Or you could read the thread and see how that true. QC has uses and it has limitations and Bitcoin isn't a viable use for QC. There are no know (even theoretical) algorithms to speed up brute force searches of cryptographic hashes... any hashes using QC. None. http://en.wikipedia.org/wiki/Grover's_algorithmEvery time the difficulty goes up by a factor of 4 for classical miners, it goes up only by 2 to quantum miners. Grover's algorithm has nothing to do with hashing. It is for lookups. There is no lookup. Miners calculate and discard hashes in realtime. The proof of work is the amount of time it takes to complete the average number of hashes to solve the problem. Grover's algorithm would require a lookup table for hashes. Given the target space is 2^256 even a planetary sized storage array powered by the molten core, and with storage density billions of times higher than current solid state wouldn't even be able to store a rounding error of the 2^256 range. TL/DR version: No.




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February 02, 2012, 05:29:42 PM 

One time pad's will defeat quantum encryption breaking capabilities. Someone will figure out how to implement its use.

Haha! I'm the only one to control Bitcoin address 1HjtErSHNEHtY347LouvsFq5KesHkEZLAV



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Gerald Davis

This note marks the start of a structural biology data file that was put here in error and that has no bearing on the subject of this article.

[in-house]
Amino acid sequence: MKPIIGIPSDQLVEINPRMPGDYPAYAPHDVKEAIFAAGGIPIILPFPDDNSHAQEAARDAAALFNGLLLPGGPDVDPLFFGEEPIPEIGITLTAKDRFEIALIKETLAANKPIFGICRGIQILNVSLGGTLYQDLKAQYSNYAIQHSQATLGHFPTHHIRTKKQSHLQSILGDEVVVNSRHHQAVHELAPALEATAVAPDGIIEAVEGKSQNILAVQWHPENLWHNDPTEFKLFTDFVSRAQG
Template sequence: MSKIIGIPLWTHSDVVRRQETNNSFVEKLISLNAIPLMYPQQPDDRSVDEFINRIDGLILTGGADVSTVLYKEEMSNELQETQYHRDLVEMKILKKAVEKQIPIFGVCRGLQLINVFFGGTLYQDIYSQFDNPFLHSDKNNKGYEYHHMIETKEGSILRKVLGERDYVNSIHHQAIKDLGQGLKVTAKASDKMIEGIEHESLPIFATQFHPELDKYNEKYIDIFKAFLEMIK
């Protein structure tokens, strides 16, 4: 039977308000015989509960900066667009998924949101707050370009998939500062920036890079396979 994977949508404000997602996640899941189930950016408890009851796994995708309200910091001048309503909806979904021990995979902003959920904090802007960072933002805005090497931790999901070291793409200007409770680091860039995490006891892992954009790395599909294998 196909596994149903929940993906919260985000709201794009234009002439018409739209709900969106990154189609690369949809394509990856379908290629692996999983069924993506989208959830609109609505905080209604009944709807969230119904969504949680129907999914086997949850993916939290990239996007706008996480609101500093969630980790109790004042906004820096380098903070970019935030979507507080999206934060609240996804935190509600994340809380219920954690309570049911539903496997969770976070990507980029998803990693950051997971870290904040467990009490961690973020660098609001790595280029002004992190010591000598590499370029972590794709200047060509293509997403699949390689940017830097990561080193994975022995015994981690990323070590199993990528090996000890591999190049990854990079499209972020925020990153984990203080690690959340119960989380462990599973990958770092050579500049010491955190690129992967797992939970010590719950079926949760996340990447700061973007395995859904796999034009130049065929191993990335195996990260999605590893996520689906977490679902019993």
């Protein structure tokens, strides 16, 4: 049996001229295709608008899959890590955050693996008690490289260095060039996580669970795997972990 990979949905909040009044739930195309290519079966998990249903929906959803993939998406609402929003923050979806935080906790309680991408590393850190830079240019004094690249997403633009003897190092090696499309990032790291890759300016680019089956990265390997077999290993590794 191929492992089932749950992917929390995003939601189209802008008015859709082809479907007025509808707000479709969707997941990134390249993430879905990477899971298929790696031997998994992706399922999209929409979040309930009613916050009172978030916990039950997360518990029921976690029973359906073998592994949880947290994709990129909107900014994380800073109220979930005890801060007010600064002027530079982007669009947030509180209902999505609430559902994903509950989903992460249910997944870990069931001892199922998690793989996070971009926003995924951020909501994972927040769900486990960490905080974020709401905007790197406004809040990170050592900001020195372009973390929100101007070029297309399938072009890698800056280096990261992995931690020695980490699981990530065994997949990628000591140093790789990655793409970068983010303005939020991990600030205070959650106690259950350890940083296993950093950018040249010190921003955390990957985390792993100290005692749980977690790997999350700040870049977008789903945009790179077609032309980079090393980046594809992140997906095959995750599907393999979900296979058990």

February 02, 2012, 05:37:07 PM 

One time pad's will defeat quantum encryption breaking capabilities. Someone will figure out how to implement its use.
One modern example is quantum key distribution. http://en.wikipedia.org/wiki/Quantum_key_distributionGenerate a sequence of bits using secure pseudorandom number generator. Encode each bit of the key as quantum states in individual photons using one of those basis Receiver chooses random basis for each bit received. If receiver choses incorrectly that bit is lost forever. Once receiver has collected enough bits to create a key both parties share the basis sequenced used in transmitting the bits. Only bits where basis matched are used. That becomes the key. The key can't be "captured" enroute because quantum mechanics guarantee that observing the quantum state will alter it. This altered key can be detected and alert both parties can an interception is in progress. If no interception is in progress than both parties can be certain nobody else has the key. The key is unbreakable by anything other than brute force as there is no known information to exploit. Communication can then be done encrypted over normal channels.




hashcoin


February 02, 2012, 10:29:16 PM 

Grover's algorithm has nothing to do with hashing. It is for lookups. There is no lookup. Miners calculate and discard hashes in realtime. The proof of work is the amount of time it takes to complete the average number of hashes to solve the problem.